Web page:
Chiharu Shiota is a Japanese performing and installation artist currently based in Berlin; she’s primarily known for large scale installations such as The Key In The Hand (2015) with which she represented Japan at the 56th Venice Biennale.
Educated in Japan, Australia, and Germany, Shiota interweaves materiality and the psychological perception of the space to explore ideas around the body and flesh, personal narratives that engage with memory, territory, and alienation. Her signature installations, which consist of dazzling, intricate networks of threads stretching across gallery rooms, made the artist rise to fame in the 2000s.
Although Chiharu Shiota originally studied to be a painter, during her residency at Canberra School of Art in Australia, she began to feel constrained within the purely painterly medium. In 1996, Shiota used the thread for the first time.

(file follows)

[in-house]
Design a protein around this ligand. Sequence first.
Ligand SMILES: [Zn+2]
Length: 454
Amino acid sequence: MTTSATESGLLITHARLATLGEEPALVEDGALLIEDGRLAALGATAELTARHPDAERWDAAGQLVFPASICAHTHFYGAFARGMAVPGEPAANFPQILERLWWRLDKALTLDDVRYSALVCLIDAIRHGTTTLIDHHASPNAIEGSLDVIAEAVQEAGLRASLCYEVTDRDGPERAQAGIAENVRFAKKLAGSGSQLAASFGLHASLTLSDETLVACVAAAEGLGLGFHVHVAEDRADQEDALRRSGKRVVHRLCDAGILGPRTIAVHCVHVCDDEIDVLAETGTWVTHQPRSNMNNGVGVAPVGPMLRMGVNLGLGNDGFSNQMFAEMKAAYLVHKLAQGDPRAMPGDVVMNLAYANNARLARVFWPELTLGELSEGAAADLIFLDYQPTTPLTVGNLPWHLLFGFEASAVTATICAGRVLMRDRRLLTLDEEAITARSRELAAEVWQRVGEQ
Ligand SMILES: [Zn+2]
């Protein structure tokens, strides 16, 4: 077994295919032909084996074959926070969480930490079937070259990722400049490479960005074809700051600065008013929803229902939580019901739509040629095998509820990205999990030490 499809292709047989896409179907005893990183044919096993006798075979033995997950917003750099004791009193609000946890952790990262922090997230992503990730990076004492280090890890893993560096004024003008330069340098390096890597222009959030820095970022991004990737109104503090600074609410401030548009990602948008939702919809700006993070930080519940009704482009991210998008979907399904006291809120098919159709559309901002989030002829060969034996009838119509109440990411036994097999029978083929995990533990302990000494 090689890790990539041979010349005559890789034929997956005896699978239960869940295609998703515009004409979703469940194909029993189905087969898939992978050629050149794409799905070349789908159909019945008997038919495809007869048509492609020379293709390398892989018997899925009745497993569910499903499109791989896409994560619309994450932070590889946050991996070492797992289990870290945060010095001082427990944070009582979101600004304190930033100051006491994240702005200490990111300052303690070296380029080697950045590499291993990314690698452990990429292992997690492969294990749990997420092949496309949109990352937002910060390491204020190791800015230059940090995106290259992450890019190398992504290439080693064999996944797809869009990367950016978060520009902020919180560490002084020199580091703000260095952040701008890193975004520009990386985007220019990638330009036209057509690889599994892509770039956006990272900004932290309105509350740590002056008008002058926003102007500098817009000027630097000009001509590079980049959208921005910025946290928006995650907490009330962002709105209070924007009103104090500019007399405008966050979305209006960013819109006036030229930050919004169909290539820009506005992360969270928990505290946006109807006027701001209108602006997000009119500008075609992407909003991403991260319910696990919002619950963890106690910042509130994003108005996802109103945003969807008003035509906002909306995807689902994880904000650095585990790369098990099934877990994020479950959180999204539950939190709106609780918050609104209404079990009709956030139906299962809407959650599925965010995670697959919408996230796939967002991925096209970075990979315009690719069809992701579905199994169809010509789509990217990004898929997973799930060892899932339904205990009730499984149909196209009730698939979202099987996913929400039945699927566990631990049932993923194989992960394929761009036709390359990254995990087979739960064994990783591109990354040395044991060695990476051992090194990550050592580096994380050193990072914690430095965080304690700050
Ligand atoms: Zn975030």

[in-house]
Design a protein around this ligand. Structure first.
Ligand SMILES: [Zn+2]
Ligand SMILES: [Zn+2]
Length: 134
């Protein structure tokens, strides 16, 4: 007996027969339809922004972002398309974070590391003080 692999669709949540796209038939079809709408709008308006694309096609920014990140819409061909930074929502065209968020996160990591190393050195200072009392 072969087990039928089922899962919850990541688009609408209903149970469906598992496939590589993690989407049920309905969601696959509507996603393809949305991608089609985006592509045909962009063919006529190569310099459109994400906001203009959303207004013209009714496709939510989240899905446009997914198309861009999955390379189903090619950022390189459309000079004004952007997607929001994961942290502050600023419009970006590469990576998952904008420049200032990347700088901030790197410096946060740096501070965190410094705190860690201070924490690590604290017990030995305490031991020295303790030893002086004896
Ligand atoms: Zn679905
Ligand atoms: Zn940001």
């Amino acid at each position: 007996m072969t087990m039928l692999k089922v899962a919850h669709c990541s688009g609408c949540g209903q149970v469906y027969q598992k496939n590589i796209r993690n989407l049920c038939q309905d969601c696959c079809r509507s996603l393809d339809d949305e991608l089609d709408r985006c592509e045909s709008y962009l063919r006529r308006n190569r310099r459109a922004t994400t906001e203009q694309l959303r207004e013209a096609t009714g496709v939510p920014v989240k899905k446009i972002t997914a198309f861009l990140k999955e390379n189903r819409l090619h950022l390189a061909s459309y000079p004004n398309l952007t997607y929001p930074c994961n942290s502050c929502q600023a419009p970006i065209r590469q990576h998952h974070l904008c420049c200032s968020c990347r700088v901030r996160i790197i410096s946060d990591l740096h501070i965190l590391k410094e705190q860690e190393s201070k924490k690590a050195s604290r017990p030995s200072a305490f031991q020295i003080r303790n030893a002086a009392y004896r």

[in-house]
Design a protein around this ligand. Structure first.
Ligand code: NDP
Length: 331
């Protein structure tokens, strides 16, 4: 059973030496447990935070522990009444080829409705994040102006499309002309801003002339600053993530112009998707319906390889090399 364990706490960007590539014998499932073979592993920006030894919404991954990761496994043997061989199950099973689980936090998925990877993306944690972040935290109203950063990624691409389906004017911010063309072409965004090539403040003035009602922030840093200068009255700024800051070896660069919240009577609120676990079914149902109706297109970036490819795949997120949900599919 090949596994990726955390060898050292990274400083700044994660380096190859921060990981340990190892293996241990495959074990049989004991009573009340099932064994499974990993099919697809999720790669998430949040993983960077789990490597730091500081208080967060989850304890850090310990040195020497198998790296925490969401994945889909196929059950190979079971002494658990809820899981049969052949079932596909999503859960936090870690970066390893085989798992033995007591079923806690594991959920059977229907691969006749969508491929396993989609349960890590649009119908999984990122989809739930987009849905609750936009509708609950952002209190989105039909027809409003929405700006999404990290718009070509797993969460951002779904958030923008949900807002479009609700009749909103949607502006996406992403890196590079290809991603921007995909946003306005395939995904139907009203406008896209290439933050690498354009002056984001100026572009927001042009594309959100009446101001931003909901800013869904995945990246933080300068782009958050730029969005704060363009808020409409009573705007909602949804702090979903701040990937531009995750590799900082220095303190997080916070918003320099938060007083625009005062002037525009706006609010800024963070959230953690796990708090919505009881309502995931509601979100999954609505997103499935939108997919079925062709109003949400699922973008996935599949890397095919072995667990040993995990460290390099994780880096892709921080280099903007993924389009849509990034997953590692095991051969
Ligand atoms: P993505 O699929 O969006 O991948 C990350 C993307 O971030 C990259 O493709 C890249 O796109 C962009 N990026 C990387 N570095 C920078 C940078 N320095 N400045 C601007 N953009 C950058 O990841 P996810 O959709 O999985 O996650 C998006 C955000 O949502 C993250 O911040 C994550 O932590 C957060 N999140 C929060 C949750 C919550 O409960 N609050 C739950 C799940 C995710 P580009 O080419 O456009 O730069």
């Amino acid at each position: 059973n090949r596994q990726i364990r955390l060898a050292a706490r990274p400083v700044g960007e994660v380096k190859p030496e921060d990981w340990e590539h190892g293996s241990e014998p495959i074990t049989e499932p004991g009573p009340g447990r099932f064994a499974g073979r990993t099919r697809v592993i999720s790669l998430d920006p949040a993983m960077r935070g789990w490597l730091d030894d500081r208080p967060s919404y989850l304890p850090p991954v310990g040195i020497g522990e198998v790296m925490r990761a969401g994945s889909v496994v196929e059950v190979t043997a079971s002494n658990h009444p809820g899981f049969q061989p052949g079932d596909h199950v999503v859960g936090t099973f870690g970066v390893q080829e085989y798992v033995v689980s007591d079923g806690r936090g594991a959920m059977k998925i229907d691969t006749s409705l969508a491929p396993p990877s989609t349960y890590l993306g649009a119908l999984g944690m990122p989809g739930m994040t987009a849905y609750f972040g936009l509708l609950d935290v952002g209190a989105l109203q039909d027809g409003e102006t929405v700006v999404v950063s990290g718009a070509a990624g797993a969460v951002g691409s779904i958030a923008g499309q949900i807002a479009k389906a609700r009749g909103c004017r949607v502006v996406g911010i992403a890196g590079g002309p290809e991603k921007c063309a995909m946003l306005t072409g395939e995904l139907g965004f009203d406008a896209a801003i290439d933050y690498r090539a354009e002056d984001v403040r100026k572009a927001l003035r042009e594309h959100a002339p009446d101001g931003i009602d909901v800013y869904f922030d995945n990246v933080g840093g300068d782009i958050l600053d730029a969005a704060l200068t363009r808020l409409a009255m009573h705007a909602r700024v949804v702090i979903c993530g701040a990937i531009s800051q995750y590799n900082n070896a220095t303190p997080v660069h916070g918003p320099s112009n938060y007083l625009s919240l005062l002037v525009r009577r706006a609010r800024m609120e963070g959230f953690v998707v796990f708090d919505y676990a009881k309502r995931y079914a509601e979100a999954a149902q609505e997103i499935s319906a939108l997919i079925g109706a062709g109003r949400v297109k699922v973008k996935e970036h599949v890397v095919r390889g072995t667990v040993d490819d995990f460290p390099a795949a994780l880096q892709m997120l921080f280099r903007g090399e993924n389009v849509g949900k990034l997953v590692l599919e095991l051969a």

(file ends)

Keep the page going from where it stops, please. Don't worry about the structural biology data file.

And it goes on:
The starting point for many of Shiota’s installations are collections of used possessions; belongings, haunted with memories that represent expressions of human actions. This conception then leads to vast, room-spanning webs of threads or hoses, she links abstract networks with concrete everyday objects such as keys, window frames, dresses, shoes, boats and suitcases
‘Weaving gave me the opportunity to expand, and I feel as if I am drawing in the air on a limitless space.’ – Chiharu Shiota
Chiharu Shiota’s exhibitions include Embodied, Art Gallery of South Australia, Adelaide (2018), Beyond Time, Yorkshire Sculpture Park (2018), Between the Lines, Noordbrabants Museum, ‘s-Hertogenbosch (2017), Where are we going? Le Bon Marché Paris (2017), Kunstsammlung Düsseldorf, K21 (2015), Freer and Sackler Gallery of Art, Washington D.C. (2014); The Museum of Art, Kōchi, JP (2013); La Maison Rouge, Paris (2011); National Museum of Art, Osaka (2008); and MoMA PS1, New York (2003) to mention a few.
She has participated in the Venice Biennale, 2015; Aichi Triennale, 2010; Gwangju Biennale, 2006 and Yokohama Triennale 2001, amongst others. Her works are included in The Leopold Private Collection, Vienna; 21st Century Museum of Contemporary Art, Kanazawa; The Hoffmann Collection, Berlin and The National Museum of Modern Art, Tokyo.